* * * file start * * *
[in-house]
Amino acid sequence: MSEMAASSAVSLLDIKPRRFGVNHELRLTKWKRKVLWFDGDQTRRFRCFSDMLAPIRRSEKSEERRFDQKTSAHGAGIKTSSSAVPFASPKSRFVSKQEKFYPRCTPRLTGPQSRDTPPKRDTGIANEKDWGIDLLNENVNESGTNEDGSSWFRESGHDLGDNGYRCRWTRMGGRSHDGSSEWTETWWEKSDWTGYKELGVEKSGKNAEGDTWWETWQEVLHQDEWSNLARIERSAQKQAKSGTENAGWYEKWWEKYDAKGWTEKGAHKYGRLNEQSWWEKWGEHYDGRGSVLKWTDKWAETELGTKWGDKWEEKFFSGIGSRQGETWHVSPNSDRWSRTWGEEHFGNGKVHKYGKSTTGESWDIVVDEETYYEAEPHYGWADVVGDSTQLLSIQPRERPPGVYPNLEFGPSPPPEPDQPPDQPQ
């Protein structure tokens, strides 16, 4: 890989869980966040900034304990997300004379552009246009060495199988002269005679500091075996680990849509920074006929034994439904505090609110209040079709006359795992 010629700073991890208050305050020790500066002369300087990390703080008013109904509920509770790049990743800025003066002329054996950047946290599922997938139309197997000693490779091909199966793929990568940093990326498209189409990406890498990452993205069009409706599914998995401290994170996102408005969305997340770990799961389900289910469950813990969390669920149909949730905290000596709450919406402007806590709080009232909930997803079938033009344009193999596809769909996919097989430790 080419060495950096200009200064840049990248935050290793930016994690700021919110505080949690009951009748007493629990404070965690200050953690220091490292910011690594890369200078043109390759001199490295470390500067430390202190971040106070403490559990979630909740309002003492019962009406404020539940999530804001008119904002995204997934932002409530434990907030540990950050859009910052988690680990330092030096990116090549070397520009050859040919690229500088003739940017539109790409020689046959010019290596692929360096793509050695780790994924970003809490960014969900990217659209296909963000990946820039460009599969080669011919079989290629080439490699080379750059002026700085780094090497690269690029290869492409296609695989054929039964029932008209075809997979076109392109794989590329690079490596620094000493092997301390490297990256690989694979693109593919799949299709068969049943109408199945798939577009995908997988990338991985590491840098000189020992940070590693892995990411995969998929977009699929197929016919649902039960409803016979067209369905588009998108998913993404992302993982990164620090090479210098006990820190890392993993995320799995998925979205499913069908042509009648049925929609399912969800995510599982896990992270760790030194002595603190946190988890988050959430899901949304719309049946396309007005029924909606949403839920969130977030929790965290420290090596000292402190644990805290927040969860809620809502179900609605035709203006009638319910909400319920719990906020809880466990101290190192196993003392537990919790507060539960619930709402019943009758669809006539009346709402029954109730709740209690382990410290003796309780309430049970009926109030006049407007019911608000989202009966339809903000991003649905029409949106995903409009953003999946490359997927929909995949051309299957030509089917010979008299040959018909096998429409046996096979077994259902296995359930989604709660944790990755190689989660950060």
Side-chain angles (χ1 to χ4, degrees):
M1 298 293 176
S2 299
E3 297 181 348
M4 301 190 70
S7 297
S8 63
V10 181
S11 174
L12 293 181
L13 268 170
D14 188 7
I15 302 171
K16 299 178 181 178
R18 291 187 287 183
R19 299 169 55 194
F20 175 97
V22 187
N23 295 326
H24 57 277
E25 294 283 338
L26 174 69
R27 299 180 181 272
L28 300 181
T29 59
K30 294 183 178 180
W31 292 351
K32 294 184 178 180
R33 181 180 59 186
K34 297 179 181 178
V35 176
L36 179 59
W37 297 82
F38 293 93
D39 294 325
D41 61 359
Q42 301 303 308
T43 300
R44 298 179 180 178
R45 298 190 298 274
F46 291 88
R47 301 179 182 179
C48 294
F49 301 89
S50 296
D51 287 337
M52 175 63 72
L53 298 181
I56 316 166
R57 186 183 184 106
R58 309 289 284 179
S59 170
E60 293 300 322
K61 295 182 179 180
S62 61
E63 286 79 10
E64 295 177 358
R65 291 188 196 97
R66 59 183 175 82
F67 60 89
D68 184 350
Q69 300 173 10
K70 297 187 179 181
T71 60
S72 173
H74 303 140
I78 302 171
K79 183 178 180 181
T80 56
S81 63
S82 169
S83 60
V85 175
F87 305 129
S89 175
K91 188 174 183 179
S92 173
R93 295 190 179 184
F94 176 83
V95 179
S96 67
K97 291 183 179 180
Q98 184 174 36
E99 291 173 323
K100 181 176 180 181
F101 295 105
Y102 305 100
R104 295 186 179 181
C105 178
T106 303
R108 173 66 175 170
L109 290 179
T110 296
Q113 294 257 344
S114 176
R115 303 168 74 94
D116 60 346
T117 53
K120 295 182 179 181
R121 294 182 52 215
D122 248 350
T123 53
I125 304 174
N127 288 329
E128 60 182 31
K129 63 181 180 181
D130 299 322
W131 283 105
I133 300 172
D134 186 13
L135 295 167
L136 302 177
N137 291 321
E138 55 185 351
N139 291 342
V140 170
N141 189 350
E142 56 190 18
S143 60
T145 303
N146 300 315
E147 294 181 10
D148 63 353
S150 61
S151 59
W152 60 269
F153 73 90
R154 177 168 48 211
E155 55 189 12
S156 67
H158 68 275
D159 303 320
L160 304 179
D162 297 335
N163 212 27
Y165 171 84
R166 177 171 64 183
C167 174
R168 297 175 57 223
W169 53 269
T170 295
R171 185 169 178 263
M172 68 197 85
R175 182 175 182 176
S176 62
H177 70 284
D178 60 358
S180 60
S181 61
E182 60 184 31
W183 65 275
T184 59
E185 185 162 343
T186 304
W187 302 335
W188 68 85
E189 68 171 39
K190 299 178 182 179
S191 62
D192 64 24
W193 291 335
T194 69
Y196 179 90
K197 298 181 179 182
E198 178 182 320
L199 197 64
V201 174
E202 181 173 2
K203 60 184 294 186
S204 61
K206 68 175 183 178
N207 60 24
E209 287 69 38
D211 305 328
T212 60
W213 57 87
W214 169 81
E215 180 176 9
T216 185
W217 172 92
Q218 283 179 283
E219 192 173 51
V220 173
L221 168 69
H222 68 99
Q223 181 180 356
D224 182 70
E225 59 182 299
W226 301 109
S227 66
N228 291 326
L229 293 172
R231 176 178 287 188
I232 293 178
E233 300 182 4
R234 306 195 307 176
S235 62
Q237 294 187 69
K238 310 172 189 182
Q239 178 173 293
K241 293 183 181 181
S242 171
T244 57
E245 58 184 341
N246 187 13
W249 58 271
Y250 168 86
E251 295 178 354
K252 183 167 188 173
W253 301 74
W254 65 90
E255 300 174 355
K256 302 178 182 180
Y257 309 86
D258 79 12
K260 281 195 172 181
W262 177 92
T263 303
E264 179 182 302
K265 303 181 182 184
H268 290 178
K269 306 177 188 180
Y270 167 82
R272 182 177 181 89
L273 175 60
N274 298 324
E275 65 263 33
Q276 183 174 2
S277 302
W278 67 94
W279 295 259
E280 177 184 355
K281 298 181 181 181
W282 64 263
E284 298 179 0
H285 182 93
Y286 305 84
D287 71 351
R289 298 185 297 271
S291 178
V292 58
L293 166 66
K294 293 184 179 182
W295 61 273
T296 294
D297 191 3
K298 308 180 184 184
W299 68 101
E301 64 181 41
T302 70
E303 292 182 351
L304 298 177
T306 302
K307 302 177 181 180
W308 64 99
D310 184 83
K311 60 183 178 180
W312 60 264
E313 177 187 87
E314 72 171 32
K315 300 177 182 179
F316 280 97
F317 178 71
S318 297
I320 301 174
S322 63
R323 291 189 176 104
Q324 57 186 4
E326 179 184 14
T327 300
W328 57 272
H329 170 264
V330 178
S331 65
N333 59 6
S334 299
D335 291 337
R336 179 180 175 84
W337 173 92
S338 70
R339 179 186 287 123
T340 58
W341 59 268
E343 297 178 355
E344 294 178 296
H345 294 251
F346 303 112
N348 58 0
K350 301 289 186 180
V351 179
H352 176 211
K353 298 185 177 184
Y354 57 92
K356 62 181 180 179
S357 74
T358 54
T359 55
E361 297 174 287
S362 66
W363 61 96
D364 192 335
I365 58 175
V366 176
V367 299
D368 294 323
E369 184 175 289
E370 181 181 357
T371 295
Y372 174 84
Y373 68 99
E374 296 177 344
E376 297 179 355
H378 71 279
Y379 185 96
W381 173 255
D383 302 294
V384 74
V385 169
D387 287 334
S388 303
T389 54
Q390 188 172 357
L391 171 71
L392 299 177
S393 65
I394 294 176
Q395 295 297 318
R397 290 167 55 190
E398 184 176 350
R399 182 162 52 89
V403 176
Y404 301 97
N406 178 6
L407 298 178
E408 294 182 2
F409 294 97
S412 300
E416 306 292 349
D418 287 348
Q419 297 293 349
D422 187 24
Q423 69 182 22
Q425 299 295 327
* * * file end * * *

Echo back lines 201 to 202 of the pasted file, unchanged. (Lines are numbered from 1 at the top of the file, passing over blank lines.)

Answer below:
Q237 294 187 69
K238 310 172 189 182